Colin Nicol, Britt Wadner and Caroline's founder Ronan O'Rahilly on the deck of the Cheeta II. Photograph courtesy of Colin.
“My overall memory of my tour of duty aboard Cheeta II was of happy times. They are good memories, so much so that when my job of helping convert the ship to Radio Caroline South was finished
and the rest of the DJs coming aboard became a reality, I decided I was finished with pirate radio as well. My quote from that moment was along the lines that I felt it was not just last days for me but for pirate radio
The other strong recollection is of the factor coincidence brought to play in having the Swedish pirate ship available just after Mi Amigo went aground. That the Radio Syd ship was available at the right moment was due
to the fact of the bad winter freezing the Baltic coupled with renewed pressure against the ‘Swedish Pirate Queen’ Britt Wadner by her government. After hacking off ice from their ship, the decision
was made to head south to set up afresh off Gambia on Africa's west coast, which meant Cheeta II was moving toward the English Channel at the time Ronan O'Rahilly made contact and did the deal that gave Caroline South
an emergency home until Mi Amigo was repaired in Holland. I was sent aboard with the technicians to make sure the adaptation of the equipment was to our requirements. No doubt I was meant to be a presence and to represent
the programming side as well.
The ship was cosy and friendly. Especially so since apart from the Caroline techs and myself, it had only its basic crew, along with Britt's son Kalle. He and I became friends and I still remember him with sadness
because of his tragic end. Of all luxuries, I had a neat little single-berth cabin to myself. The Swedes were good company, the food better than I had been used to on Caroline and there was not a lot for me to
do during my long stay aboard. My recollection is that it was about nine weeks and I believe it was, but that does seem a long period.
Colin Nicol with the Caroline bell. Photograph provided by Colin.
However there was much to be done on the technical side: shipping the transmitter over from Mi Amigo at Scheveningen along with other equipment and getting it all aboard. I remember how tricky
that was and can still picture the moment as we lowered away and cautiously eased the valuable and delicate bulk into the hold. One slip and it could have been all over for Caroline South. We were on the high seas after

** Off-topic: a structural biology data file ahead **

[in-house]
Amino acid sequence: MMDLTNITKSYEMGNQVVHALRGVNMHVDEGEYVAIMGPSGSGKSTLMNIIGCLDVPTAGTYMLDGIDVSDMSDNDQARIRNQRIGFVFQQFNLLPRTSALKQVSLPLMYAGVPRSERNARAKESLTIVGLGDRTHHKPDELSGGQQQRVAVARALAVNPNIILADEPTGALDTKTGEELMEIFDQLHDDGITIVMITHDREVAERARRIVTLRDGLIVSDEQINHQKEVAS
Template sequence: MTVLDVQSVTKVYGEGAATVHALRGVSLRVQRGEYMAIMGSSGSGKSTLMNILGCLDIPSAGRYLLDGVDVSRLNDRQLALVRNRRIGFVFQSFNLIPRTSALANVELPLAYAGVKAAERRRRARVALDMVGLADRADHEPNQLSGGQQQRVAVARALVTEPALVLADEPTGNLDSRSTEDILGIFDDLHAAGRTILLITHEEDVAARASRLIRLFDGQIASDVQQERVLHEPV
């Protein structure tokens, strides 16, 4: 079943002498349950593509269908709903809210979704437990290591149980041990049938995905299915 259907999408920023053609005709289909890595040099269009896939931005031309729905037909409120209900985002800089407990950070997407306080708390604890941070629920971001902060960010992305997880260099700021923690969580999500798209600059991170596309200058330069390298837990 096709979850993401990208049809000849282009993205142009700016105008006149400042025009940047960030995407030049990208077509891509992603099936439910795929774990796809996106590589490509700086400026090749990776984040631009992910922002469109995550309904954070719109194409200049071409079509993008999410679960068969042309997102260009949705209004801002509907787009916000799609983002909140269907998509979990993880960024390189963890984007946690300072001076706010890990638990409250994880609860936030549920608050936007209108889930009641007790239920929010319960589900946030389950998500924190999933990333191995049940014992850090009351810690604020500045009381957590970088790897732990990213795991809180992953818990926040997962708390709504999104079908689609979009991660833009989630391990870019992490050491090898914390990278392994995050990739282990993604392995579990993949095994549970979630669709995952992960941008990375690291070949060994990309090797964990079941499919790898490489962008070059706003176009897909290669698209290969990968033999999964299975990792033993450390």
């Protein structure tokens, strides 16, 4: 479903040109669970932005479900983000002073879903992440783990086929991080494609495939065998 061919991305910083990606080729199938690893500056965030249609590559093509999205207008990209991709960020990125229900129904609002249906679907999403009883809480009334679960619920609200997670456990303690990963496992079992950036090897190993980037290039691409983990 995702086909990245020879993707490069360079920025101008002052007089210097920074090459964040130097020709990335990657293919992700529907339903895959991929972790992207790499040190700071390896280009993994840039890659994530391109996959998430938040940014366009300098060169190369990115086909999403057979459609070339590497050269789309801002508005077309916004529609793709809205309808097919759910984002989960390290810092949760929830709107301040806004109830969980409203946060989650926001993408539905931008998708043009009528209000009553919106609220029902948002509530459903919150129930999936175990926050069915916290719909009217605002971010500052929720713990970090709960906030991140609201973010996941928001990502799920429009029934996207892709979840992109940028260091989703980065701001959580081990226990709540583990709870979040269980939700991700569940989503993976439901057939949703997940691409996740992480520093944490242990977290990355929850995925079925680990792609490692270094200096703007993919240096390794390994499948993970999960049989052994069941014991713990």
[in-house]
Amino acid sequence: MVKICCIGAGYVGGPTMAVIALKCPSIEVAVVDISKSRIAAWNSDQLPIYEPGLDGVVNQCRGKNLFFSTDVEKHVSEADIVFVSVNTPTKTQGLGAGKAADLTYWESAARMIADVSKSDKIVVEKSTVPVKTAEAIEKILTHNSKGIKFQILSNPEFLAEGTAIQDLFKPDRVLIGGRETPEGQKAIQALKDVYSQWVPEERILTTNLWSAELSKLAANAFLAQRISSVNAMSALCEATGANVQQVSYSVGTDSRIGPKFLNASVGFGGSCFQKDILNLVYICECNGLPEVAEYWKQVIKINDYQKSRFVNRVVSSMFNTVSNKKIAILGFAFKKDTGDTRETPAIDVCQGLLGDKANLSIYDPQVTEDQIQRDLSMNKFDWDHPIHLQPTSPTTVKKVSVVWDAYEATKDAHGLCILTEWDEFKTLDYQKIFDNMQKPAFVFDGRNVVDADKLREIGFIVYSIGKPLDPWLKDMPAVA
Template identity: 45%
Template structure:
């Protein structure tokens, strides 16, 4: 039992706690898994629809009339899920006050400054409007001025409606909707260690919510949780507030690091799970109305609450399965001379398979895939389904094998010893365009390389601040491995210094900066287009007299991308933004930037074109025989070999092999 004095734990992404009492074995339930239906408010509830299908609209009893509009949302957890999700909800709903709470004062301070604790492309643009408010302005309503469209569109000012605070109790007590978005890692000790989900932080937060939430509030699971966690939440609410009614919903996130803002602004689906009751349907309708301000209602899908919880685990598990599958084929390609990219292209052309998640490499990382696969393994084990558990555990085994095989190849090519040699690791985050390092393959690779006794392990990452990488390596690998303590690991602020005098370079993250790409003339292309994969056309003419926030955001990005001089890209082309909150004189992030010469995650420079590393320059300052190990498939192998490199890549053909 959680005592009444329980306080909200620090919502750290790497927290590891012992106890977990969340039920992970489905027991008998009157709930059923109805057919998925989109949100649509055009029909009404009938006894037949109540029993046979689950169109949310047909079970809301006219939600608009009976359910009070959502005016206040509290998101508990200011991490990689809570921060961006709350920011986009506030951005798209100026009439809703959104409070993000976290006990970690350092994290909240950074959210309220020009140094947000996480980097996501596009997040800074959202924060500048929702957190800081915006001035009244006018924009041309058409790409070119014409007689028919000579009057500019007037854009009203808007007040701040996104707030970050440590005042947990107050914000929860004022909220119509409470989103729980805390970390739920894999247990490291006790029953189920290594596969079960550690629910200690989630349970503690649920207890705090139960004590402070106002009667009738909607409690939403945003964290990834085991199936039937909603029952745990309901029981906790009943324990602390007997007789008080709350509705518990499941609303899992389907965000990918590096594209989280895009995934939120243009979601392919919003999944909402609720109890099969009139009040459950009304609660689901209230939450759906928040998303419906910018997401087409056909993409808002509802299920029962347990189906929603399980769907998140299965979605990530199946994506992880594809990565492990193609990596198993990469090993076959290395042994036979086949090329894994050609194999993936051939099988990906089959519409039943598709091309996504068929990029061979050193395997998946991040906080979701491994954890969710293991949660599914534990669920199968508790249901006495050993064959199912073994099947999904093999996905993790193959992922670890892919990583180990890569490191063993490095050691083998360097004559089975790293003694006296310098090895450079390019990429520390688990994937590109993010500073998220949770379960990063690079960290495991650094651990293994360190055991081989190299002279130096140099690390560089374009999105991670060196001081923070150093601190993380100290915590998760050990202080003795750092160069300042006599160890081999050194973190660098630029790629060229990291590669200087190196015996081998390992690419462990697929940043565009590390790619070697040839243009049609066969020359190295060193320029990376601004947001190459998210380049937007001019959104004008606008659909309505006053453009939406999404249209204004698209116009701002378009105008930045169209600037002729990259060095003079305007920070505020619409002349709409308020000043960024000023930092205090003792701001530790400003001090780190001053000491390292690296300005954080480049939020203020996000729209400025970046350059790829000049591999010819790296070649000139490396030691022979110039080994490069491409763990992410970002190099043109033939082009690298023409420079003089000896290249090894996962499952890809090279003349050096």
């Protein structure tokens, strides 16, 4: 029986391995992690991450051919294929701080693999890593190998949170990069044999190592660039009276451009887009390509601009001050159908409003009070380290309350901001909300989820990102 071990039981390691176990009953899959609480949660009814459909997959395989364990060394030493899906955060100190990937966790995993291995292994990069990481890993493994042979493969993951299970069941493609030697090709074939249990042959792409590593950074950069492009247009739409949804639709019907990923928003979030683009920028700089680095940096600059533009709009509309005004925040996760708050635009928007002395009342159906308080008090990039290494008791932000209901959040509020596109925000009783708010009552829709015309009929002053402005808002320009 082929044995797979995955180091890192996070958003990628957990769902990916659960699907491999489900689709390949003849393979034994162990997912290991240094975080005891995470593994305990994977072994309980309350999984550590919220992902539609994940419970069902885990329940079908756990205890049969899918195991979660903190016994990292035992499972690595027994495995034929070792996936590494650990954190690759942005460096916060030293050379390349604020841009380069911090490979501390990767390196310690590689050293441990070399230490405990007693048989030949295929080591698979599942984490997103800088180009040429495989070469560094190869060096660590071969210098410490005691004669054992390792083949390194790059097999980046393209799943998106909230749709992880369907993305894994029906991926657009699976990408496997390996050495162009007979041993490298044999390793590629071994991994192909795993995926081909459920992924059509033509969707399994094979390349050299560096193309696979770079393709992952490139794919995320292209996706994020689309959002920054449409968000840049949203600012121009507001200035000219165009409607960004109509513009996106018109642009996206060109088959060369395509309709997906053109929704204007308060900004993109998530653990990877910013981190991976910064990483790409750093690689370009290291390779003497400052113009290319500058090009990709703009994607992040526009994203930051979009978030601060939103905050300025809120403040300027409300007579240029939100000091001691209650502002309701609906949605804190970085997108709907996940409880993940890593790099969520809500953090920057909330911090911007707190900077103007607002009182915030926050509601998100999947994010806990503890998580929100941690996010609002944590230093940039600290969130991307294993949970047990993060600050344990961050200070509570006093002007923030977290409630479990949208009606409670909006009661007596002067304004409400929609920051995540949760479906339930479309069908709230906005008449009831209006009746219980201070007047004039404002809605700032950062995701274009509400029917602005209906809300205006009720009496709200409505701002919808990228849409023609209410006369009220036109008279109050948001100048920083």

all. Then the complicated and highly technical puzzle of how to design and install an antenna that would radiate sufficiently effectively.
Radio Syd had been an FM station and had not required a very high or complicated transmitting mast. There was no tall tower as Caroline had required for AM broadcasting over any worthwhile area of coverage. The Caroline
South folded dipole system was not applicable to this temporary set-up. All that could be done was to adapt what was there and that meant rigging copper cables between the ship's masts fore and aft and tuning the transmitter
to that array. It worked, as history attests, thanks to the brilliance of our technicians.
(Web-master's note: Although the Caroline technicians were undoubtedly brilliant, the low masts on the Cheeta II meant that the aerial array could only be, in George's words, ‘a lash-up’. Apparently sparks
flew if any sort of high power was attempted. As a result Caroline was only able to broadcast from the temporary home on reduced power. Night-time reception was impossible so transmission hours were shortened. But Caroline
was back on the air and, even at low power, this was considerably better than nothing.)
The more I look back on the history of pirate radio the more I realise how much Radio Atlanta and consequently Radio Caroline owed to the creators of Radio Syd and its predecessor Radio Mercur. Many of their original plans
sprang from what had been introduced by the Swedish. That other great innovator of shipboard broadcasting, the Dutch Radio Veronica, must also not be forgotten as central to the innovations that resulted in the advent of
British offshore radio. More than a generation later, they are all still well remembered, and missed.”
Colin describes the Cheeta II as cosy and friendly. George has rather different memories:
Britt Wadner, Colin Nicol, Ronan O'Rahilly and the ship's Captain Holger Jensen. Photograph provided by Colin.